President Donald Trump leaves office in less than a week. What we need in those days, and beyond, is not more drama.

We don’t need more drama from the president.

And we don’t need more drama from House Democrats and their leader.

That’s all a second impeachment accomplishes—more drama centering around Trump.

The House has the right to impeach and has exercised it. But now a trial must take place in the Senate. It can obviously not be organized and conducted, with due process of law, by Jan. 20. And no matter what evidence is presented, it seems highly unlikely that 17 Republicans—the number needed—would vote with the Democrats to convict. Sen. Joe Manchin, D-W.Va., has said, “The votes are not there.”

A trial, if done properly, would consume the Senate and effectively delay the start of the Biden administration, when what we really need, and need desperately, is to turn the page—to move on.

There are other options: the 25th Amendment, invocation of a clause in the 14th Amendment that references insurrection and, finally, censure. But none seems likely.

And holding a Senate trial against an ex-president does not make much sense.

President-elect Joe Biden needs to be able to organize his government and focus on fighting the coronavirus.

And Trump needs to leave the stage.

To achieve this end, we need adult supervision. Some grown-up in Washington—maybe our new president, maybe Mitch McConnell, maybe Vice President Mike Pence—needs to broker a deal. And here it is: The president resigns and leaves early and the Democrats drop impeachment.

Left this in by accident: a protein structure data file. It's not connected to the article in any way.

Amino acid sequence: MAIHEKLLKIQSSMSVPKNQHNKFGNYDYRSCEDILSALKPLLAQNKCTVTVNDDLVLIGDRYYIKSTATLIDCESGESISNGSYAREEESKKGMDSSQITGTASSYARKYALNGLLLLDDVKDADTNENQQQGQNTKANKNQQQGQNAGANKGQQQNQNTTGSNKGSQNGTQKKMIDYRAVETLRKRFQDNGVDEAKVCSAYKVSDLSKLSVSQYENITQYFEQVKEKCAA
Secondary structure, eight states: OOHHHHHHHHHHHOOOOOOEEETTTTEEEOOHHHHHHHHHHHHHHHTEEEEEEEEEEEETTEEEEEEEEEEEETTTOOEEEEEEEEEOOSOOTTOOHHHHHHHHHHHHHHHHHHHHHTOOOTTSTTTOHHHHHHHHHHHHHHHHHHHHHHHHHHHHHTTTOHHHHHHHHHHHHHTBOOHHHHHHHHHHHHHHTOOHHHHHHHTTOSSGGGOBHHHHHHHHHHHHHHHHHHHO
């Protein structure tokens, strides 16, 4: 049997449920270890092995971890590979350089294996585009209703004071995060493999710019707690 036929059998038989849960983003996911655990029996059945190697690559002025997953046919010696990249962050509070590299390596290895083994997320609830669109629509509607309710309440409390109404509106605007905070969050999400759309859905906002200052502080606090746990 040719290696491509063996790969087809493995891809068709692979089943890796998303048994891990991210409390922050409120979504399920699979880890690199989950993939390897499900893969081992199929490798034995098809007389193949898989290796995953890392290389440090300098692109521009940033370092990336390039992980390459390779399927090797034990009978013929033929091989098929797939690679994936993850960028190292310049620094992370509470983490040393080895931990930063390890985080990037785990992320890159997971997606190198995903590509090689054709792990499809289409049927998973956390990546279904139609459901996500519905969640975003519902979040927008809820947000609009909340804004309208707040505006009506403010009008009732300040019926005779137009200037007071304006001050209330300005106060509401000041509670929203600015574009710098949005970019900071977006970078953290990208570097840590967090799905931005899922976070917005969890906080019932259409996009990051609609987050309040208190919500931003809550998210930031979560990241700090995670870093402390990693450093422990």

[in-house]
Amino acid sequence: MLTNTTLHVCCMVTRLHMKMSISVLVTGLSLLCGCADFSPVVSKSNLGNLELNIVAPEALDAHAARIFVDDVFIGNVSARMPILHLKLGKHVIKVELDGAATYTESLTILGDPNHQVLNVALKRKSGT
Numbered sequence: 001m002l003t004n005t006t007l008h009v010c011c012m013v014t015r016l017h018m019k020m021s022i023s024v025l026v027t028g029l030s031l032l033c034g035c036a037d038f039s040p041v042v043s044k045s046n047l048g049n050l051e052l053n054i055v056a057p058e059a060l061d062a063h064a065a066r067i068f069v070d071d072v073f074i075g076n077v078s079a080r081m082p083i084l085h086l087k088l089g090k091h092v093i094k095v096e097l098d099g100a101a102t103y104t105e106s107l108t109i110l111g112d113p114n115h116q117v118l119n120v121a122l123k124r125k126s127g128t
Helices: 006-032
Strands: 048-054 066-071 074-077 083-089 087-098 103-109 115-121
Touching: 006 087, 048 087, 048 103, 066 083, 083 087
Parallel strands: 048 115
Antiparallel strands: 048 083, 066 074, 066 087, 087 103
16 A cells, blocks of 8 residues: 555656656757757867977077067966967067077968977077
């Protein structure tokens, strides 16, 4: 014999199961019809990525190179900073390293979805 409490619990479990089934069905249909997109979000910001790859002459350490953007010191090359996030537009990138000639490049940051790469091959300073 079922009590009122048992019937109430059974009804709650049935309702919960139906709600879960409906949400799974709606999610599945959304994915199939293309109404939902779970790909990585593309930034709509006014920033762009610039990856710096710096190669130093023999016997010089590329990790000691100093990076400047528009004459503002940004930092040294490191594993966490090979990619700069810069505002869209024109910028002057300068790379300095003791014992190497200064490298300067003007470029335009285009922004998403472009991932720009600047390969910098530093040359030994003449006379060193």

Neither party would be giving up much at all.

And we could begin again, with a modicum of peace

Obsessive Trump haters would not be happy. They will never be satisfied. Impeachment alone would not be enough for the man many of them literally believe to be evil personified.

Trump lovers will never see the tragic flaws of their leader, or acknowledge the damage he has done, not least of all to himself, but most of all, to the country.

Trump haters will likely get their red meat, however. And Trump lovers will, too. Many legal pitfalls await Trump. He, meanwhile, will have the bully pulpit he has made.

So why not set aside the great divide and all the hollow gestures that go with it, for now, and focus on our real problems and needs?

Let’s turn to what really needs to be done at this moment—tangible and important things.

We need a functioning government. We need to restore civic peace and begin to rebuild civility and respect in the public square.

We need to restore respect for facts, for law, and for American political institutions.

And we need to face COVID-19, and its consequential and deepening economic recession, together, as Americans.

None of this is to diminish the gravity of the violent mob attack on our Capitol, our public servants and democracy itself. Nor should Trump’s personal responsibility be diminished or denied. He built the pyre and struck the match. But it is to recognize reality and our current needs.

Let us turn to the monumental tasks at hand and move on.


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